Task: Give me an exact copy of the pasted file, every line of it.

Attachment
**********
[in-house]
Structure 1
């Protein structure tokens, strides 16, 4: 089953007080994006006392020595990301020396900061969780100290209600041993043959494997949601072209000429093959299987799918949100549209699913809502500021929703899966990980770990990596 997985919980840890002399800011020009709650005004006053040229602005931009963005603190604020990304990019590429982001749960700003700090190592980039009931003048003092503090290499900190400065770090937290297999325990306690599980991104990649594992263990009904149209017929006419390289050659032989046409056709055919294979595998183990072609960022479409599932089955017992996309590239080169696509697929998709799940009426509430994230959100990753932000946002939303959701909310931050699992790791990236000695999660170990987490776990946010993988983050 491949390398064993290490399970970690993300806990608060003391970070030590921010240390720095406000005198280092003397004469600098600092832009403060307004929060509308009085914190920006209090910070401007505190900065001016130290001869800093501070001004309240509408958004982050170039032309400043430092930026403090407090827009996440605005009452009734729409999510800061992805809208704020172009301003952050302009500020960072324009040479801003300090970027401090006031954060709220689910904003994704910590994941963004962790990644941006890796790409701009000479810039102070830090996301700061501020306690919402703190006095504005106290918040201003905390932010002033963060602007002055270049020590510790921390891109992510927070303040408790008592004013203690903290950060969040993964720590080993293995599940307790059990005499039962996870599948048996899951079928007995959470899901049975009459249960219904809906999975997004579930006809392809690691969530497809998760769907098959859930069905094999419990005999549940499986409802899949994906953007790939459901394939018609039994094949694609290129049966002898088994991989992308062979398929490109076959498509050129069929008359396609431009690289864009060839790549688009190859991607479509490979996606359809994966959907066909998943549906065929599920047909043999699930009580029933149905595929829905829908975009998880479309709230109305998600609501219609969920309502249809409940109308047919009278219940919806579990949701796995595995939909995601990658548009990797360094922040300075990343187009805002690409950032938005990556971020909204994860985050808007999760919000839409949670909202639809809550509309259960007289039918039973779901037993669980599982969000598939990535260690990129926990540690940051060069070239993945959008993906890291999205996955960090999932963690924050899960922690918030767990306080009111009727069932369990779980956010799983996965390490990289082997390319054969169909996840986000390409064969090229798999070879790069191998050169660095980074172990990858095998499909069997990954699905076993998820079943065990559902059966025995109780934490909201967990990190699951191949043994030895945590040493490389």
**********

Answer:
[in-house]
Structure 1
């Protein structure tokens, strides 16, 4: 089953007080994006006392020595990301020396900061969780100290209600041993043959494997949601072209000429093959299987799918949100549209699913809502500021929703899966990980770990990596 997985919980840890002399800011020009709650005004006053040229602005931009963005603190604020990304990019590429982001749960700003700090190592980039009931003048003092503090290499900190400065770090937290297999325990306690599980991104990649594992263990009904149209017929006419390289050659032989046409056709055919294979595998183990072609960022479409599932089955017992996309590239080169696509697929998709799940009426509430994230959100990753932000946002939303959701909310931050699992790791990236000695999660170990987490776990946010993988983050 491949390398064993290490399970970690993300806990608060003391970070030590921010240390720095406000005198280092003397004469600098600092832009403060307004929060509308009085914190920006209090910070401007505190900065001016130290001869800093501070001004309240509408958004982050170039032309400043430092930026403090407090827009996440605005009452009734729409999510800061992805809208704020172009301003952050302009500020960072324009040479801003300090970027401090006031954060709220689910904003994704910590994941963004962790990644941006890796790409701009000479810039102070830090996301700061501020306690919402703190006095504005106290918040201003905390932010002033963060602007002055270049020590510790921390891109992510927070303040408790008592004013203690903290950060969040993964720590080993293995599940307790059990005499039962996870599948048996899951079928007995959470899901049975009459249960219904809906999975997004579930006809392809690691969530497809998760769907098959859930069905094999419990005999549940499986409802899949994906953007790939459901394939018609039994094949694609290129049966002898088994991989992308062979398929490109076959498509050129069929008359396609431009690289864009060839790549688009190859991607479509490979996606359809994966959907066909998943549906065929599920047909043999699930009580029933149905595929829905829908975009998880479309709230109305998600609501219609969920309502249809409940109308047919009278219940919806579990949701796995595995939909995601990658548009990797360094922040300075990343187009805002690409950032938005990556971020909204994860985050808007999760919000839409949670909202639809809550509309259960007289039918039973779901037993669980599982969000598939990535260690990129926990540690940051060069070239993945959008993906890291999205996955960090999932963690924050899960922690918030767990306080009111009727069932369990779980956010799983996965390490990289082997390319054969169909996840986000390409064969090229798999070879790069191998050169660095980074172990990858095998499909069997990954699905076993998820079943065990559902059966025995109780934490909201967990990190699951191949043994030895945590040493490389």